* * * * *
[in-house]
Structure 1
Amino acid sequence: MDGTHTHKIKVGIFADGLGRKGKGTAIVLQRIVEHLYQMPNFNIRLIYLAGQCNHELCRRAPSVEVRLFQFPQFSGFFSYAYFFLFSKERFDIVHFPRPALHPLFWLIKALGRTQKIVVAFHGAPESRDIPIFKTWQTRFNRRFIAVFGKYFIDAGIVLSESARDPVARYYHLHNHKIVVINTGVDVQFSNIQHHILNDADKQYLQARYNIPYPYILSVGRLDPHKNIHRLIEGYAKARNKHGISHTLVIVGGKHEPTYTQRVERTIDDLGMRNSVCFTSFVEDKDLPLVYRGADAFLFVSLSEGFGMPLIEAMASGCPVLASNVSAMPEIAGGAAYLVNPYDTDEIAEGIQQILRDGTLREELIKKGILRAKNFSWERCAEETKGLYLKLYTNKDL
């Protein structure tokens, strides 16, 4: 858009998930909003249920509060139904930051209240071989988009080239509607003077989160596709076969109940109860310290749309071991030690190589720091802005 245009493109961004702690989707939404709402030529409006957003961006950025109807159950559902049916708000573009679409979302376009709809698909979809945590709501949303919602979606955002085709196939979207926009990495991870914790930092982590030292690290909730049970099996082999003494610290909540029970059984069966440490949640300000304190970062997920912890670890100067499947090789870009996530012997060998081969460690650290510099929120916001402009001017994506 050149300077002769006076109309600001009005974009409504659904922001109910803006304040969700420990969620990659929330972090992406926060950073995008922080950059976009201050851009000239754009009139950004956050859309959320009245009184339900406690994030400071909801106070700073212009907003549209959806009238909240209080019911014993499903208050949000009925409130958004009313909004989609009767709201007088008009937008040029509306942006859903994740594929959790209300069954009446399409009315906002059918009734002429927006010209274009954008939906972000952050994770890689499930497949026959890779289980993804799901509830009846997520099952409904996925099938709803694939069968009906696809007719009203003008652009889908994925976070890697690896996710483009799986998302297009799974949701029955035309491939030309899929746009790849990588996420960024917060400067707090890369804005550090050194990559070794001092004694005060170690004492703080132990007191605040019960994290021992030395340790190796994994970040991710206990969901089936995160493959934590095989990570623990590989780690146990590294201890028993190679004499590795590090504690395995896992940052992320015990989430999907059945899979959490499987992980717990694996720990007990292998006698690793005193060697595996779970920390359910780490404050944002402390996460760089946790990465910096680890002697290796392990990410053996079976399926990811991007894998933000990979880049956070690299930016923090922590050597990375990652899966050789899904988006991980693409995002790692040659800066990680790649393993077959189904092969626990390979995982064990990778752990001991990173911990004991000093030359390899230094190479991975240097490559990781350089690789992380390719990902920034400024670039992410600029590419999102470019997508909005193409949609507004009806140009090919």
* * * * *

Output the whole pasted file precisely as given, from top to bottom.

[in-house]
Structure 1
Amino acid sequence: MDGTHTHKIKVGIFADGLGRKGKGTAIVLQRIVEHLYQMPNFNIRLIYLAGQCNHELCRRAPSVEVRLFQFPQFSGFFSYAYFFLFSKERFDIVHFPRPALHPLFWLIKALGRTQKIVVAFHGAPESRDIPIFKTWQTRFNRRFIAVFGKYFIDAGIVLSESARDPVARYYHLHNHKIVVINTGVDVQFSNIQHHILNDADKQYLQARYNIPYPYILSVGRLDPHKNIHRLIEGYAKARNKHGISHTLVIVGGKHEPTYTQRVERTIDDLGMRNSVCFTSFVEDKDLPLVYRGADAFLFVSLSEGFGMPLIEAMASGCPVLASNVSAMPEIAGGAAYLVNPYDTDEIAEGIQQILRDGTLREELIKKGILRAKNFSWERCAEETKGLYLKLYTNKDL
């Protein structure tokens, strides 16, 4: 858009998930909003249920509060139904930051209240071989988009080239509607003077989160596709076969109940109860310290749309071991030690190589720091802005 245009493109961004702690989707939404709402030529409006957003961006950025109807159950559902049916708000573009679409979302376009709809698909979809945590709501949303919602979606955002085709196939979207926009990495991870914790930092982590030292690290909730049970099996082999003494610290909540029970059984069966440490949640300000304190970062997920912890670890100067499947090789870009996530012997060998081969460690650290510099929120916001402009001017994506 050149300077002769006076109309600001009005974009409504659904922001109910803006304040969700420990969620990659929330972090992406926060950073995008922080950059976009201050851009000239754009009139950004956050859309959320009245009184339900406690994030400071909801106070700073212009907003549209959806009238909240209080019911014993499903208050949000009925409130958004009313909004989609009767709201007088008009937008040029509306942006859903994740594929959790209300069954009446399409009315906002059918009734002429927006010209274009954008939906972000952050994770890689499930497949026959890779289980993804799901509830009846997520099952409904996925099938709803694939069968009906696809007719009203003008652009889908994925976070890697690896996710483009799986998302297009799974949701029955035309491939030309899929746009790849990588996420960024917060400067707090890369804005550090050194990559070794001092004694005060170690004492703080132990007191605040019960994290021992030395340790190796994994970040991710206990969901089936995160493959934590095989990570623990590989780690146990590294201890028993190679004499590795590090504690395995896992940052992320015990989430999907059945899979959490499987992980717990694996720990007990292998006698690793005193060697595996779970920390359910780490404050944002402390996460760089946790990465910096680890002697290796392990990410053996079976399926990811991007894998933000990979880049956070690299930016923090922590050597990375990652899966050789899904988006991980693409995002790692040659800066990680790649393993077959189904092969626990390979995982064990990778752990001991990173911990004991000093030359390899230094190479991975240097490559990781350089690789992380390719990902920034400024670039992410600029590419999102470019997508909005193409949609507004009806140009090919």